The trail only opens one hour before sunrise, so you literally have 60 minutes to get to the top in time for sunrise. I recommend not lingering too long on the trail!

Once you reach the fortress, the views are incredible.

Head straight to one of the view points so that you can enjoy the views of the Dead Sea, all the way across Jordan in the distance.

After that you can start wandering around. There won’t be that many people at that time of day (most visitors go there by cable car, which starts running at 8:00 am). As you won’t have a guide at that time of day, you need to get hold of a map of the site and take a good guide book with you to get at least some basic facts.

Make sure to look for the cisterns, the old warehouse that was turned into a synagogue by the Zealots, and the Byzantine church. Facing west, you’ll also be able to spot the remains of the camps build by the Roman army at the time of the siege.

Once you are done exploring you can walk the Masada Snake Path back down the visitors center (around 60 minutes), or take the cable car. The overall visit normally lasts about three hours.

Keep in mind that during the summer months Israel can get very hot, and even more so in this part of the country. Expect to take longer to reach the top, and make sure to bring lots of water.

The Roman Ramp

The Roman Ramp is located on the western side of the Masada, and is a much quicker option than the Masada Snake Path. It will take you between 20 and 25 minutes to climb all the way up from this path. The ramp is not directly accessible from the main road getting to the Masada National Park. You can get there if you have your own car, or alternatively you will have to walk there from the main gate. It takes about one hour though – so you may as well walk the snake path!

The cable car

The easiest way to get to the Masada is by riding the cable car. This started operating in 1971 and literally takes minutes to get to the fortress, and the views during the ride are incredible.

The cable car won’t be working before 8:00 am – so you can’t use it to get to the site in time for the sunrise.

Judean desert
Beautiful desert views from the Masada

Practical Information For Visiting The Masada

The cost of visiting the Masada

You need to pay a ticket to get inside Masada National Park. The price varies depending on which ticket you get. This is a breakdown of the costs. All the prices listed are for adults and in Israeli Shekels (NIS).

  • Masada entry fee without cable car NIS 31 
  • Cable car one way NIS 28
  • Cable car round trip NIS 46

If you plan to reach the site via the Masada snake path, you will have to pay NIS 31 (around $9 USD). If you decide to take the cable car down (this helps you save time if you intend to visit other nearby attractions) you have to add NIS 28 (around $8), so the total price will be NIS 59 (around $17 USD).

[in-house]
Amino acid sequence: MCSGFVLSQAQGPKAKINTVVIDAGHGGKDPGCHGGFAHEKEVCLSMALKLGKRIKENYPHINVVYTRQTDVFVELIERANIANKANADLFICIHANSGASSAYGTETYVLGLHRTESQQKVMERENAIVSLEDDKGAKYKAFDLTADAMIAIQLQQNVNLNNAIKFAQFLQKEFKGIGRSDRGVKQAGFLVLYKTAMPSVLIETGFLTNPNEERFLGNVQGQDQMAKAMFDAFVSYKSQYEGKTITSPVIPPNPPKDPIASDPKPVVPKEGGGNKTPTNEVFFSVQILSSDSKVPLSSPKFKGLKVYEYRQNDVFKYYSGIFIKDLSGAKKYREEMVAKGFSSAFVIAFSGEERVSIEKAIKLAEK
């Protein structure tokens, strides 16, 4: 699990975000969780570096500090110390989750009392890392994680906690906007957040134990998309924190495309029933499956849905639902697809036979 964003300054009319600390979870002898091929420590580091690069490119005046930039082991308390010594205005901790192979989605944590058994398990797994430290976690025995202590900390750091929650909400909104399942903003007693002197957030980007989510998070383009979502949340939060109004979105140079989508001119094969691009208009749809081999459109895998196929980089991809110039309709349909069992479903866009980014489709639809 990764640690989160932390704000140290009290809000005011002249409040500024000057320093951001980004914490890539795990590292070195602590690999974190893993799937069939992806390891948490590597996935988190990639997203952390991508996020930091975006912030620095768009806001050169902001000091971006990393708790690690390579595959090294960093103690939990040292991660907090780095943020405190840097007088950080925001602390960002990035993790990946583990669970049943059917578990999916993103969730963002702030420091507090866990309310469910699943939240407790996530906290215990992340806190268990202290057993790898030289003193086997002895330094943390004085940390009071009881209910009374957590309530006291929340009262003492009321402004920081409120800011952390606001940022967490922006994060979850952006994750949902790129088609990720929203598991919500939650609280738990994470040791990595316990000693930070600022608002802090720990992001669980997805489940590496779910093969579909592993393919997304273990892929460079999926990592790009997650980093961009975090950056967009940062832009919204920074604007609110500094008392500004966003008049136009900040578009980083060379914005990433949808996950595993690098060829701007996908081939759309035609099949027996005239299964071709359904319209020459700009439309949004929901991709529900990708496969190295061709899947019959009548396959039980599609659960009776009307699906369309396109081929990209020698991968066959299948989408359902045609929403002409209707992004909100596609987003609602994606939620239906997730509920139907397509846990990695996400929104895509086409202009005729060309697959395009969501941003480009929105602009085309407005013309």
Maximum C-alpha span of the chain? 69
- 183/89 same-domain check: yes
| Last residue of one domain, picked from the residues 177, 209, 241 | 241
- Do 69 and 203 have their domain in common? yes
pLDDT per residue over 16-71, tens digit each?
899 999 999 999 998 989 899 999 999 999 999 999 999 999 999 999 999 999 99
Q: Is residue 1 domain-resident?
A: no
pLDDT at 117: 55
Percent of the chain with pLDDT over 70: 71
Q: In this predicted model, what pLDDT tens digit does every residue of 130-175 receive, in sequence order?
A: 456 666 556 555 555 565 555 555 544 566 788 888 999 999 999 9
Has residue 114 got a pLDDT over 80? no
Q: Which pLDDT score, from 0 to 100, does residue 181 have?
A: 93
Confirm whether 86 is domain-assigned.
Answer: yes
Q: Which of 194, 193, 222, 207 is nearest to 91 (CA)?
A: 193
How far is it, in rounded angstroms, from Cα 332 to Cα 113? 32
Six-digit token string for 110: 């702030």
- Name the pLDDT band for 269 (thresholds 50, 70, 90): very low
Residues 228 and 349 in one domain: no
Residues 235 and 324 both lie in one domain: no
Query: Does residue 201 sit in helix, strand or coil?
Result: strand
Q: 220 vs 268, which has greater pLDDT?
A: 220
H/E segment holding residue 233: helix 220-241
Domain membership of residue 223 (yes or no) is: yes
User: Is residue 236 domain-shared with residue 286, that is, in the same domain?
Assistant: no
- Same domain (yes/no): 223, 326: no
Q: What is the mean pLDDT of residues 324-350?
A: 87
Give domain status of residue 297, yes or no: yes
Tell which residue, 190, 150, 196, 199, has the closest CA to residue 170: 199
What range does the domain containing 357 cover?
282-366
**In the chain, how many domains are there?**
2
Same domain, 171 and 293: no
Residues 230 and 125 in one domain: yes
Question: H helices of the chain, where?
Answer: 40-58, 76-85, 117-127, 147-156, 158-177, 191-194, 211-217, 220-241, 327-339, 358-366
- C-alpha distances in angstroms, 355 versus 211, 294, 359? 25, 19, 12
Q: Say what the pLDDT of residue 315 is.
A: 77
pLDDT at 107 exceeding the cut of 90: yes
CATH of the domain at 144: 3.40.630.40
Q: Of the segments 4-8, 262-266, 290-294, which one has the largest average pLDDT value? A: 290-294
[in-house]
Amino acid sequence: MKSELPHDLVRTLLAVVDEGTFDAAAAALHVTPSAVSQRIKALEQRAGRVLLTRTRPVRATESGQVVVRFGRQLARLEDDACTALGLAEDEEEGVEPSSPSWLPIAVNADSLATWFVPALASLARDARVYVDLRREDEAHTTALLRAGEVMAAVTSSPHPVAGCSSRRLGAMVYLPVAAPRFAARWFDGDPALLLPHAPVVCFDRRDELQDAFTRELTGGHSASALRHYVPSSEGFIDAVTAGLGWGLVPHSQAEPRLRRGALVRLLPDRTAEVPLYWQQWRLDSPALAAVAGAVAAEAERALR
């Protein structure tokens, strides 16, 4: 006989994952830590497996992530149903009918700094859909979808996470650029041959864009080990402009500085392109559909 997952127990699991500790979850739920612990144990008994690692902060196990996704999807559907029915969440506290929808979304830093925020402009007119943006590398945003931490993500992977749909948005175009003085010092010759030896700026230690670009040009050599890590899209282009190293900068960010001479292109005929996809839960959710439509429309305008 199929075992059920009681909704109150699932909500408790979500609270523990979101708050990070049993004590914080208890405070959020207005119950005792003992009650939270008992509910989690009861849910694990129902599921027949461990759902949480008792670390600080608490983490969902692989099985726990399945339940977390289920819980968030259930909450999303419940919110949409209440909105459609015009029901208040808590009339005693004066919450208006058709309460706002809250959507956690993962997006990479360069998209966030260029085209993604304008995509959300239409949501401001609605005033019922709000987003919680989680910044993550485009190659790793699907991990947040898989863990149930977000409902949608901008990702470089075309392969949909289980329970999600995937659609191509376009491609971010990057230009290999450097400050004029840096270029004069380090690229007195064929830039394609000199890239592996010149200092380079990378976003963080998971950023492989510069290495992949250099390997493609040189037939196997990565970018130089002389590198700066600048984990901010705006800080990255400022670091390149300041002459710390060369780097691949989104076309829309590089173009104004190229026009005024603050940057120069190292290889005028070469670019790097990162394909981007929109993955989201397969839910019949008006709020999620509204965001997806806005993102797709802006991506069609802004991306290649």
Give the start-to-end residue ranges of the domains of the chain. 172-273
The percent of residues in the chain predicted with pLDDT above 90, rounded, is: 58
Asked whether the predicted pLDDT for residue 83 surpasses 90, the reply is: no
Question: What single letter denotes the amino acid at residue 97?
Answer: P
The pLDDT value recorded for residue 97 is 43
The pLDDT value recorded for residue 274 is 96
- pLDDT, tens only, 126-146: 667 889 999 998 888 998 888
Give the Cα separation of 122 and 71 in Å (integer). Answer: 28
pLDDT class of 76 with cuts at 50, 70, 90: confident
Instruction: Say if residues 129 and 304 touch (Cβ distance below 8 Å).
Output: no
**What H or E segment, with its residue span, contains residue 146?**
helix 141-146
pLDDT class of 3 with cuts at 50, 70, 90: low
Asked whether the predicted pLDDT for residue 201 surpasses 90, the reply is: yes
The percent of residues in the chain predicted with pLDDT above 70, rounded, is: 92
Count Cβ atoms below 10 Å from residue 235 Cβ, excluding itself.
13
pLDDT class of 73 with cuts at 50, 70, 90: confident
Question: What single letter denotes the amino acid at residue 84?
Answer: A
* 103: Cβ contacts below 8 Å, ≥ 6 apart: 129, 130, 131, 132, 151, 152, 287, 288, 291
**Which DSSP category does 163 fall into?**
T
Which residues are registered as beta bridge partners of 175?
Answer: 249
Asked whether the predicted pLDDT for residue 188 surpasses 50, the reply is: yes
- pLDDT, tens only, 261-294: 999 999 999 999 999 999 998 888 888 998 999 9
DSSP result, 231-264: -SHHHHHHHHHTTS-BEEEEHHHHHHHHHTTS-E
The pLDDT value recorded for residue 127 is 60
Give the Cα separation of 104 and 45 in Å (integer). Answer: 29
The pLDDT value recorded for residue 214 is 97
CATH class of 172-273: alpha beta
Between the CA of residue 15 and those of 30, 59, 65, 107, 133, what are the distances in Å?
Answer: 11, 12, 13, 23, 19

Opening times

The Masada is open year round, but the opening time vary between the winter and the summer season. Opening hours are as follows:

SUMMER OPENING HOURS: Saturdays to Thursdays from 8:00 am to 5:00 pm; Fridays from 8:00 am to 4:00 pm.

WINTER OPENING HOURS: Saturdays to Thursdays from 8:00 am to 4:00 pm; Fridays from 8:00 am to 3:00 pm.

SNAKE PATH: The trail opens one hour before sunrise and closes one hour before closing time.

ROMAN RAMP: The trail opens 30 minutes before sunrise and closes 15 minutes before closing time.

How to get to the Masada

There are several ways to reach the Masada: you can rent a car, hire a taxi, use public transportation or go on a guided tour that includes transportation.

Check out my post A Guide To Renting A Car In Israel.

From Jerusalem

The Masada is about 100 km from Jerusalem. Public bus 486 connects Jerusalem to the Masada five times per day from Sunday to Thursday.

PLEASE NOTE: There are no public buses from Jerusalem to the Masada on Fridays and Saturdays.

From Tel Aviv

It takes between two and two and a half hours to get from Tel Aviv to the Masada. The best way to get there is by car or on a guided tour. Bus 421 connects Tel Aviv to the Masada, but this is honestly not a good option as it takes too long and you’d end up having too little time at the site.

the Dead Sea
Gorgeous views of the Dead Sea

The best Masada sunrise tours  

If you want to visit the Masada at sunrise, unless you have a car there is no other option than going on a guided tour departing from either Tel Aviv or Jerusalem.